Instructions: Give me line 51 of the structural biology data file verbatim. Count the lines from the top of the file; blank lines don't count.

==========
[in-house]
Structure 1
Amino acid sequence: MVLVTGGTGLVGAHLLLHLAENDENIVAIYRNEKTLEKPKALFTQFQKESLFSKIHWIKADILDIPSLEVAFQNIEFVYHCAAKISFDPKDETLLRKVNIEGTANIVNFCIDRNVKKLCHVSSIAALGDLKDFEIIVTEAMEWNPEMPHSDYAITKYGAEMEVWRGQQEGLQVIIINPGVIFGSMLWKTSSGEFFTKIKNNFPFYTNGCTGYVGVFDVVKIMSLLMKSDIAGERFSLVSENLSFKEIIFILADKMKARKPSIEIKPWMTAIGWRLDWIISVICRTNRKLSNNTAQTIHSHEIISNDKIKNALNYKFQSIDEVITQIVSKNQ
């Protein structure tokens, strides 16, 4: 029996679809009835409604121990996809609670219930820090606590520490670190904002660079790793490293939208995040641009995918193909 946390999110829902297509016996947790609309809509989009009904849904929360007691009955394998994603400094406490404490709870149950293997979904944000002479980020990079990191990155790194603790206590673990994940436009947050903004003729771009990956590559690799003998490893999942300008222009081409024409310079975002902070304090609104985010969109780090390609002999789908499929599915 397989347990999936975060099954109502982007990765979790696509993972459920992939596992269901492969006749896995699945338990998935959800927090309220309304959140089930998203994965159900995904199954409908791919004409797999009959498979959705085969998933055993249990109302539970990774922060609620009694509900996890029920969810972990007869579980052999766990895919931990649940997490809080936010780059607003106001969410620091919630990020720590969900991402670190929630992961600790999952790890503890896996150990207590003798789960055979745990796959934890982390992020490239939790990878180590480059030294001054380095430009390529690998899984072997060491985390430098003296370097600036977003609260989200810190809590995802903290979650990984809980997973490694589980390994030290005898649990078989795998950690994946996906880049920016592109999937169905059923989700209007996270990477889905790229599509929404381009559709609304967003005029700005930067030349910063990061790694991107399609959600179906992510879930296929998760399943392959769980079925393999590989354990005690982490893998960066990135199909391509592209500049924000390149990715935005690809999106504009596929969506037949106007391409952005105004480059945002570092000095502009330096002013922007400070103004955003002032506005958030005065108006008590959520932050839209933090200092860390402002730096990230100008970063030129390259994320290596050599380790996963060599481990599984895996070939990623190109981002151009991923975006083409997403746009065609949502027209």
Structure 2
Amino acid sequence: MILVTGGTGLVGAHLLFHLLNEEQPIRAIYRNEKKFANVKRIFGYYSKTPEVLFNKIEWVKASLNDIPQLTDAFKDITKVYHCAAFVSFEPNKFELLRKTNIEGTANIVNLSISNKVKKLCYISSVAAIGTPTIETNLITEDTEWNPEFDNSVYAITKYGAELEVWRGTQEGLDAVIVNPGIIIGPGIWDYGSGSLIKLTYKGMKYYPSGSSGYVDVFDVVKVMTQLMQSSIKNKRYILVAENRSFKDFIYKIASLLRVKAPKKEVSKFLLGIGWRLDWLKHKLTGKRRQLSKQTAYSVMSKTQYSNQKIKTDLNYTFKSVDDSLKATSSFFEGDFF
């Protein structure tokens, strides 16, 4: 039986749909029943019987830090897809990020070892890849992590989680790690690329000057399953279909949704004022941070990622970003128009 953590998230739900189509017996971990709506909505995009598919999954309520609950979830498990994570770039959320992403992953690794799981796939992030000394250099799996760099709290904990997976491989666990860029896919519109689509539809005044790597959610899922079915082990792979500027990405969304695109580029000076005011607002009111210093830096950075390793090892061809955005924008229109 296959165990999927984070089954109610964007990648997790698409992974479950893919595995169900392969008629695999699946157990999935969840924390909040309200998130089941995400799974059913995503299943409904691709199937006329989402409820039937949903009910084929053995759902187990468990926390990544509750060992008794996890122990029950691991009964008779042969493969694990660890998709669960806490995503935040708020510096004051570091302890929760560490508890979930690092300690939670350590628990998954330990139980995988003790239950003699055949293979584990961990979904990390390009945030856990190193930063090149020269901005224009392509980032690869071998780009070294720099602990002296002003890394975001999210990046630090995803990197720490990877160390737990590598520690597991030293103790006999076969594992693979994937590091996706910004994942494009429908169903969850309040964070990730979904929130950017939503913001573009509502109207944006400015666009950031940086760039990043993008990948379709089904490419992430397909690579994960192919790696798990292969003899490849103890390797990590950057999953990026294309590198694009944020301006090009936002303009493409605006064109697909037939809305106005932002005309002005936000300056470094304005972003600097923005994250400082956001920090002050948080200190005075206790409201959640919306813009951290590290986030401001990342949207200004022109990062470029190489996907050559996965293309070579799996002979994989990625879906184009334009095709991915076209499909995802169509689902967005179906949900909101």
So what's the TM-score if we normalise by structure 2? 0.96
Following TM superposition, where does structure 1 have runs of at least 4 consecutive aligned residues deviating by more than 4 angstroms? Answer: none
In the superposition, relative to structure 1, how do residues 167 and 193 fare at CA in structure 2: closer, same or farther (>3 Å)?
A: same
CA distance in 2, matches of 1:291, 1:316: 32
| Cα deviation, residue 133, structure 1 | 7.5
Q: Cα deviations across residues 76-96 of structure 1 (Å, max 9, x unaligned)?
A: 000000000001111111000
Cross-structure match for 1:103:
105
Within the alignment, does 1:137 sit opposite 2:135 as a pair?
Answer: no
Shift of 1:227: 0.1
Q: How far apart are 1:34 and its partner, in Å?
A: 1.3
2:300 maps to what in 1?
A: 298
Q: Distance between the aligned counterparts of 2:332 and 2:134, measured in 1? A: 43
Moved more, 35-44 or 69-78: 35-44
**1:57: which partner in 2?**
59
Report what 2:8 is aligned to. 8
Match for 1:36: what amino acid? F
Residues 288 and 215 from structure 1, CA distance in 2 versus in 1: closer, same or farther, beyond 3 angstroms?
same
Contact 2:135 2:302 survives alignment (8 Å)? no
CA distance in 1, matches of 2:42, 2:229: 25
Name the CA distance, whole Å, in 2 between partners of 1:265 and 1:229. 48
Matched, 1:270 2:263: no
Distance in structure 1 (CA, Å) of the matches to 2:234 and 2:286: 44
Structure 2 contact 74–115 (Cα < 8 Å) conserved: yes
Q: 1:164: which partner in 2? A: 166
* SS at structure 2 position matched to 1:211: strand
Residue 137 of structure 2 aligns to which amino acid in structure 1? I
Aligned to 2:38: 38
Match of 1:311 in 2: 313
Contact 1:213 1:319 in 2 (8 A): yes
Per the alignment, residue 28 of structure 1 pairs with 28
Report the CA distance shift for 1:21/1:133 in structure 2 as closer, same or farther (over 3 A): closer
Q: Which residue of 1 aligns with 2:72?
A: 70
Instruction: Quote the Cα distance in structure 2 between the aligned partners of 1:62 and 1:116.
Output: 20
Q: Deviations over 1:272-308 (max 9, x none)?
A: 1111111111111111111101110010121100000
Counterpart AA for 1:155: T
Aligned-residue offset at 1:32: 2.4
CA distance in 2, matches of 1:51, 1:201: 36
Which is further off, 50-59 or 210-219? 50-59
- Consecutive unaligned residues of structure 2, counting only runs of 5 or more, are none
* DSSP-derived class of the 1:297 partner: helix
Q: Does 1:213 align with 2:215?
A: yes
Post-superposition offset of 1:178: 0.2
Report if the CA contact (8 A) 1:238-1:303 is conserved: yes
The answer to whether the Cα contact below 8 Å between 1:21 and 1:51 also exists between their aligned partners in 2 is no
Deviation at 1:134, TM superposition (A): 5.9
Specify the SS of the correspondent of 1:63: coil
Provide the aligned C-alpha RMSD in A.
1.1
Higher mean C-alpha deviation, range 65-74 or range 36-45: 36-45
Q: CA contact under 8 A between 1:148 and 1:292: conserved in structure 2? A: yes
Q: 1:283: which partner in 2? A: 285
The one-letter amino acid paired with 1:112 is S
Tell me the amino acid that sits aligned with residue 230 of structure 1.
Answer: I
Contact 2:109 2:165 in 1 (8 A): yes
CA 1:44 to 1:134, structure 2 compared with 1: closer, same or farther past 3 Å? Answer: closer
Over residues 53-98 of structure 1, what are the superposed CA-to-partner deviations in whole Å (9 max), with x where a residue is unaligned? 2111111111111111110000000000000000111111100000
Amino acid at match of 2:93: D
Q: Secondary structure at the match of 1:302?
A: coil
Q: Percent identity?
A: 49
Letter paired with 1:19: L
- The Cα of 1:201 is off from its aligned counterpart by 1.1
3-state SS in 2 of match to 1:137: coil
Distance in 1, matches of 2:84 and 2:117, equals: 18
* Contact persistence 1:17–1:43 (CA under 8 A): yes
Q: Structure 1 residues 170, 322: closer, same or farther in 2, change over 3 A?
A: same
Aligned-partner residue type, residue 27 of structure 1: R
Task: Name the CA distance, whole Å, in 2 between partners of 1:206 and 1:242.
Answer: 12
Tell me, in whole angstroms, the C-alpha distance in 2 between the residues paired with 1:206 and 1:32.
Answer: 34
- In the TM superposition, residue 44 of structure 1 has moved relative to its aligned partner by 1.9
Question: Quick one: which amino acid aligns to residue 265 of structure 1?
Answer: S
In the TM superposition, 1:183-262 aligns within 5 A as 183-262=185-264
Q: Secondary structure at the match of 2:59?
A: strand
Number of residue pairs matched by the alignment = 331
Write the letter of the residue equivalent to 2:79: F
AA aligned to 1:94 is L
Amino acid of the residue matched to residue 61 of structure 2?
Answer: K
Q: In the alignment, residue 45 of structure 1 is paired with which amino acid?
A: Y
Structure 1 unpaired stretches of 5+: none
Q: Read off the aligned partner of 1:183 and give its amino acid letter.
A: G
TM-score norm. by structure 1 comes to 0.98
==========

Q: Deviations over 1:272-308 (max 9, x none)?